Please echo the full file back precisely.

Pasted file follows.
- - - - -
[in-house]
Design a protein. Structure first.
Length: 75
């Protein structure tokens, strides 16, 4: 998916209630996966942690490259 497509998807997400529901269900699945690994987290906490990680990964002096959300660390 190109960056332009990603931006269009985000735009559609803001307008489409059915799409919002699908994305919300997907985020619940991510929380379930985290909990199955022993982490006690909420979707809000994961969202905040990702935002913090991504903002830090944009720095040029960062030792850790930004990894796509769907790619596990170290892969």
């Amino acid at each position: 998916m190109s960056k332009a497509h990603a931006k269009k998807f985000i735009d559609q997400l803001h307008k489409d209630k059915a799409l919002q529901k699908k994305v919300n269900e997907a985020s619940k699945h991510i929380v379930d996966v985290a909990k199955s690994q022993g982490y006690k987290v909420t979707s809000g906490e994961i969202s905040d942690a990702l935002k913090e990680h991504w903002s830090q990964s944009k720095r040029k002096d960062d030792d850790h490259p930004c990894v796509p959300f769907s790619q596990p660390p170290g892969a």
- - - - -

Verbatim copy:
[in-house]
Design a protein. Structure first.
Length: 75
């Protein structure tokens, strides 16, 4: 998916209630996966942690490259 497509998807997400529901269900699945690994987290906490990680990964002096959300660390 190109960056332009990603931006269009985000735009559609803001307008489409059915799409919002699908994305919300997907985020619940991510929380379930985290909990199955022993982490006690909420979707809000994961969202905040990702935002913090991504903002830090944009720095040029960062030792850790930004990894796509769907790619596990170290892969």
């Amino acid at each position: 998916m190109s960056k332009a497509h990603a931006k269009k998807f985000i735009d559609q997400l803001h307008k489409d209630k059915a799409l919002q529901k699908k994305v919300n269900e997907a985020s619940k699945h991510i929380v379930d996966v985290a909990k199955s690994q022993g982490y006690k987290v909420t979707s809000g906490e994961i969202s905040d942690a990702l935002k913090e990680h991504w903002s830090q990964s944009k720095r040029k002096d960062d030792d850790h490259p930004c990894v796509p959300f769907s790619q596990p660390p170290g892969a």